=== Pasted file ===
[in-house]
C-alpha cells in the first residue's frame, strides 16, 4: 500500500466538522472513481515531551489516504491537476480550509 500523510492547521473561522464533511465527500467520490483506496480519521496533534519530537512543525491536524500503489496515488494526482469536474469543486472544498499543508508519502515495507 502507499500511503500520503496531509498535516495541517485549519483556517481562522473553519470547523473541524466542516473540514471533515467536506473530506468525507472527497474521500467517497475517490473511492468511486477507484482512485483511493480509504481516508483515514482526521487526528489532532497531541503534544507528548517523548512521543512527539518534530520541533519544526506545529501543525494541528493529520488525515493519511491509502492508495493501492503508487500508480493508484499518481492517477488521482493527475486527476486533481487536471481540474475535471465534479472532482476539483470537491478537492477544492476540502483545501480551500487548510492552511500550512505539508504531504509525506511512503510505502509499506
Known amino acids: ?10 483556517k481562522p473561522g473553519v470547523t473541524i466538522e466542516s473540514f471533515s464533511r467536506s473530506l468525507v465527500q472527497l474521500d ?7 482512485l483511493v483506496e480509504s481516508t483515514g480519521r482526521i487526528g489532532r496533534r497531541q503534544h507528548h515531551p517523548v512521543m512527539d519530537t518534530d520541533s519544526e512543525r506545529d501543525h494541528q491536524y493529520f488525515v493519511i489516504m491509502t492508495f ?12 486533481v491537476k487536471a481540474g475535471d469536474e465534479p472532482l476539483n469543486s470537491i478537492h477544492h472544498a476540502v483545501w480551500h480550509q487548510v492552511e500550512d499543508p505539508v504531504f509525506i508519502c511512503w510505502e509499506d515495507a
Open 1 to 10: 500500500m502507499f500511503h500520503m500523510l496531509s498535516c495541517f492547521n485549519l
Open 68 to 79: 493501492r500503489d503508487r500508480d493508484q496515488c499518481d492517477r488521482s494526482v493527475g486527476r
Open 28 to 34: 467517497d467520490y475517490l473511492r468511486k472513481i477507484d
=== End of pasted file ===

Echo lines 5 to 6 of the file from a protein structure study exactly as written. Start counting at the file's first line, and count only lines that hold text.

Open 68 to 79: 493501492r500503489d503508487r500508480d493508484q496515488c499518481d492517477r488521482s494526482v493527475g486527476r
Open 28 to 34: 467517497d467520490y475517490l473511492r468511486k472513481i477507484d